News‎ > ‎

How I use Screencasts for Teaching and Learning

posted Dec 16, 2017, 1:34 AM by Ben Jane   [ updated Dec 16, 2017, 1:41 AM ]
I've dabbled with screencasting for several years, but over the last month or so my use of screencasting has increased. Subsequently, I've had lots of positive feedback from students so I thought I'd share some of the ways in which I've found this method of communication useful. 


What screencasts have to offer

Less time spent repeating key information - If you've ever found yourself repeating the same content or advice on multiple occasions to the same students or maybe from one cohort to the next then screencasting can offer a means of recording short bursts of content that students can be signposted towards.

Provide short summaries of key topic areas - These could be used to deliver content prior to a session, or to ensure that key concepts from a session are fully understood and not lost in a longer complex session.

Students are able to learn at their own pace - In addition to providing clarity on key topics, they can also be used to cover more content than you might cover in a "normal" ten minute period due to the fact that students can re-watch or slow down the video as they watch it online.

A task for students to complete as an assessment - For several years now colleagues and I have embedded a screencast in a year two BEd Phys Ed module. It's worked really well as a way of assessing complex knowledge and understanding but also introduces emerging professional educators how they might be able to produce their own resources for teaching and learning.

How to make a Screencast

There are a range of tools to use that include licensed software and free to use applications. It's not essential to have a webcam but you will need to make sure you have a decent microphone and this might require the use of a headset or a webcam. 

Here are three screencast applications that I've used:

Screencast-o-matic - Free to use application that allows the user to draw a square on the screen and record everything within that space. You need to pay to "Go Pro" to remove the watermark and have access to advanced editing features but you can do a lot with the free version. 


Panopto - A common tool used in many Universities to perform lecture capture in the classroom. It can also be used to make screencasts from your desk and offers useful editing tools if needed. Follow this link to read the Marjon MeLT team's explanation of how to use Panopto for screencasting.


What to do with your screencast

Options will vary according to the tool that you use but most will be accessible via a URL that you can embed in your VLE (e.g. Moodle, LearningSpace). There should also be an option to get an embed code which can be used to position the video itself into your VLE making it more visible and requiring less clicks for the student to watch it. The online free-to-access tools such as screencastify will also have the option to upload your video to YouTube creating an easily accessible channel of your own containing all of your screencasts.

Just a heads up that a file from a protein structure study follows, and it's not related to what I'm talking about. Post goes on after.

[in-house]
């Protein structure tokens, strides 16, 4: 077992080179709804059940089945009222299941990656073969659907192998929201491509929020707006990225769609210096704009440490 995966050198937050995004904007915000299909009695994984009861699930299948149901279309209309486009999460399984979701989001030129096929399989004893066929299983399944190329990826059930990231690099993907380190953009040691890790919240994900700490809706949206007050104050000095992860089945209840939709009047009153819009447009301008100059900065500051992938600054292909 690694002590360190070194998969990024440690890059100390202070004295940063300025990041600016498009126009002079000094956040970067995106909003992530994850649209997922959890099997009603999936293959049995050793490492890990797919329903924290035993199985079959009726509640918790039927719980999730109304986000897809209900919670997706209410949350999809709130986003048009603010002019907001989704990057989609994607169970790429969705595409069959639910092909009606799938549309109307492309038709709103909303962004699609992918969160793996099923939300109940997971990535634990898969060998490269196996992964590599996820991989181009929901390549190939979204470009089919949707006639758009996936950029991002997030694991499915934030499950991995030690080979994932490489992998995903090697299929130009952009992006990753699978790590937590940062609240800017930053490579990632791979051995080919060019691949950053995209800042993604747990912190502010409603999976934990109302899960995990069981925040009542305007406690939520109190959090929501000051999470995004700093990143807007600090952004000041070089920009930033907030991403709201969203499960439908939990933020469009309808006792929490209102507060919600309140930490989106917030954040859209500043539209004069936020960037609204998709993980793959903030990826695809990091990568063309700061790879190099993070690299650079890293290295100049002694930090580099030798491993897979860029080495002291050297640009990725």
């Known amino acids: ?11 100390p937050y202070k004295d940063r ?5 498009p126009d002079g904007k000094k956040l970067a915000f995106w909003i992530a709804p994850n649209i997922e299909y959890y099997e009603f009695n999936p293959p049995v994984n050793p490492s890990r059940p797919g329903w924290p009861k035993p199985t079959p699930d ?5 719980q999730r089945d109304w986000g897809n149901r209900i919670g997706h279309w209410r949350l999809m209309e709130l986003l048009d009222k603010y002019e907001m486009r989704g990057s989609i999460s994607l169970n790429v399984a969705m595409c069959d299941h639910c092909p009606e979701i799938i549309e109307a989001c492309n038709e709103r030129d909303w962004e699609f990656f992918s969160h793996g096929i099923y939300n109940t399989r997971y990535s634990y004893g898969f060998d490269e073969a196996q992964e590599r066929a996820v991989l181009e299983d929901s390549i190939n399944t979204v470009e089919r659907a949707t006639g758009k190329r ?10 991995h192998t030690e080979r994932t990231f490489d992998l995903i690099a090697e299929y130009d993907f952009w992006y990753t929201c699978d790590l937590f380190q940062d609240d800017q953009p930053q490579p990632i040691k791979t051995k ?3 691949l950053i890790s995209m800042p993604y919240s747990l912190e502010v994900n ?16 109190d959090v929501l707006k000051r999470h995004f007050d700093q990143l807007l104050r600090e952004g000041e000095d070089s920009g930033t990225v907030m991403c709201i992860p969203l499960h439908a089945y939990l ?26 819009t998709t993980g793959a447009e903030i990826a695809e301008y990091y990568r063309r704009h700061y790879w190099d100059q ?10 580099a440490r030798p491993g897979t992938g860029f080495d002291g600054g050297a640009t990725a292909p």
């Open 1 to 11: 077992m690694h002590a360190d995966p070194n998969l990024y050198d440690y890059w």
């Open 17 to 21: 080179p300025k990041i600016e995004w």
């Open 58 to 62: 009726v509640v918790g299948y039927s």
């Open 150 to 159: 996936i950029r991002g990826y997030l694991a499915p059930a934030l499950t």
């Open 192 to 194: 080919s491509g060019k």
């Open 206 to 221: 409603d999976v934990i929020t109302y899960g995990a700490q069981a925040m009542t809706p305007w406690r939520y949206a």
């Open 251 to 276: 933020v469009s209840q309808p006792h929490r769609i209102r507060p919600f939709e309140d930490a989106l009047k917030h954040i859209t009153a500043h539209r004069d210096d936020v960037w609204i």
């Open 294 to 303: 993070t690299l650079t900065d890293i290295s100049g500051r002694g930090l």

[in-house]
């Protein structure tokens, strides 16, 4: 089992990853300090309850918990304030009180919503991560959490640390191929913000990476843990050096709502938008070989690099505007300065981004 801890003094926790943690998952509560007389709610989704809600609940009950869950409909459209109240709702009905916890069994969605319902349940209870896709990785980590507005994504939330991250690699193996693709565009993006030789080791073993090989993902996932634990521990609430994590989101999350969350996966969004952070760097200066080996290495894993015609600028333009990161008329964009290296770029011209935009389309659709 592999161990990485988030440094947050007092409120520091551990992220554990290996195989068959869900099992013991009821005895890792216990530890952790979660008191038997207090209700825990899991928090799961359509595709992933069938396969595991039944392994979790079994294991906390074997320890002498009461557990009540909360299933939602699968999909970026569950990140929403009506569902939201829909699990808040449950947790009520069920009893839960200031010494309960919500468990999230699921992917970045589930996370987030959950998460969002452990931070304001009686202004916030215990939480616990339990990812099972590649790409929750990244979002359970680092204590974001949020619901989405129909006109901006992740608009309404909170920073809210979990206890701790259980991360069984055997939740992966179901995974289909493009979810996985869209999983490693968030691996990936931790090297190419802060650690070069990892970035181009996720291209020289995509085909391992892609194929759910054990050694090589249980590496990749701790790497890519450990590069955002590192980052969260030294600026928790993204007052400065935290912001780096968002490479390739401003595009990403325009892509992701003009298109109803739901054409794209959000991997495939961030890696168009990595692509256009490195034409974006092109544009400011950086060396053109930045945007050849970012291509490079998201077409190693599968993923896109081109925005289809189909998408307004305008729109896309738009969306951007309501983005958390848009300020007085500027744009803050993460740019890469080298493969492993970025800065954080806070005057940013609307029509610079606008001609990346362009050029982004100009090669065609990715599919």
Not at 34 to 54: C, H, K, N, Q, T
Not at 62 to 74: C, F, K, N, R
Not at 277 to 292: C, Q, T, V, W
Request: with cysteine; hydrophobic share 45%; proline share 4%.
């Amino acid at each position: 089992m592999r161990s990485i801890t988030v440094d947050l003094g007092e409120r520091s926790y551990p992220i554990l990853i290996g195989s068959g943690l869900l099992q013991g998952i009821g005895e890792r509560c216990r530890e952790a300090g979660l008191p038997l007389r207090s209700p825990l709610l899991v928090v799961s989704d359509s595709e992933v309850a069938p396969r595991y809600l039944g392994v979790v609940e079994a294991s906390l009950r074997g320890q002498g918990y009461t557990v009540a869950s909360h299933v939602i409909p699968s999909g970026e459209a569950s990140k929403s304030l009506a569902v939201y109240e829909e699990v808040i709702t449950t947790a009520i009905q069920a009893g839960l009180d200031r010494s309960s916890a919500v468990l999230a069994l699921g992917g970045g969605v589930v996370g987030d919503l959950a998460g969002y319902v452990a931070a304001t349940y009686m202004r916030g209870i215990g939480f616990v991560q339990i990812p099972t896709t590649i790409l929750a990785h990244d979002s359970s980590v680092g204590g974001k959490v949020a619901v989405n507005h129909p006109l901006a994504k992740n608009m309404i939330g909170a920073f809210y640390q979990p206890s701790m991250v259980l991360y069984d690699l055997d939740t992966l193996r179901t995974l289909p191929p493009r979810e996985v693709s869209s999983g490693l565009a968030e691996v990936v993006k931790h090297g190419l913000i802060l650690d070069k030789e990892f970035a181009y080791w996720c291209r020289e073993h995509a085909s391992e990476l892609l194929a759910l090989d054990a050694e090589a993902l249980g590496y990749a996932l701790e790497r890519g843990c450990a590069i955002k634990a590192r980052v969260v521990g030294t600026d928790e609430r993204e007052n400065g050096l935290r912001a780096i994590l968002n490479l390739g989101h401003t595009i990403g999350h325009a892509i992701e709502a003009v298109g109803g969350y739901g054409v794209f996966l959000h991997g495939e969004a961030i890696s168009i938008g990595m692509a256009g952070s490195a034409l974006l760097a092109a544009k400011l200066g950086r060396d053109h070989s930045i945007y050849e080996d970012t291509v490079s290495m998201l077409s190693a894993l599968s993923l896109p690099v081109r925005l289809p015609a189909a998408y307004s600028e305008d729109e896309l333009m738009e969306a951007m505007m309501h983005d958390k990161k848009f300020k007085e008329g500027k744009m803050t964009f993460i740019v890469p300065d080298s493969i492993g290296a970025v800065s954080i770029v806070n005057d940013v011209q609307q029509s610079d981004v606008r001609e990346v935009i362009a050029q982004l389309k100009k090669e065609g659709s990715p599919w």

You may feel the need to make your videos more or perhaps less publicly available and these various options will allow you to manage access to your work.


What I've Learnt from making a number of screencasts.

  • Get over yourself #1 - Most people hate the sound of their own voice but remember that your students are already forced to listen to you droning on anyway so don't worry about how you come across in front of the camera. 
  • Get over yourself #2 - Any new software takes some getting used to but all three of these tools outlined above are pretty intuitive and way less complicated than much of the software that most people are already using. As with all new tools, you need to commit an hour to playing with it and anticipate making a few duff ones first but you'll soon have the skills to make good enough videos for your students. 
  • A bit of extra time now can save much more time in the future - A ten minute screen cast will take longer than ten minutes to make. My advice is to use resources you already have access to (such as lecture slides) or make very simple, quick new ones if needed. Screencasts can show any type of content that is on your screen so there's no limitations as to what you can film. An hour spent making a content rich, re-usable screencast can potentially save lots of time in the future though. 

Examples of how I've used screencasts


Explaining the requirements of part of an assessment package and going over key content - 



Academic Skills: Giving tips on how to do referencing efficiently - 



Explaining how an essay could be structured - 



Giving feedback to the group that complements individual comments on their submission - 



Practising for, and producing a recording of, a presentation given at a conference - 


Further Reading

Morris, C. and Chikwa, G. (2014). Screencasts: how effective are they and how do students engage with them? Active Learning in Higher Education, 15, 25-37.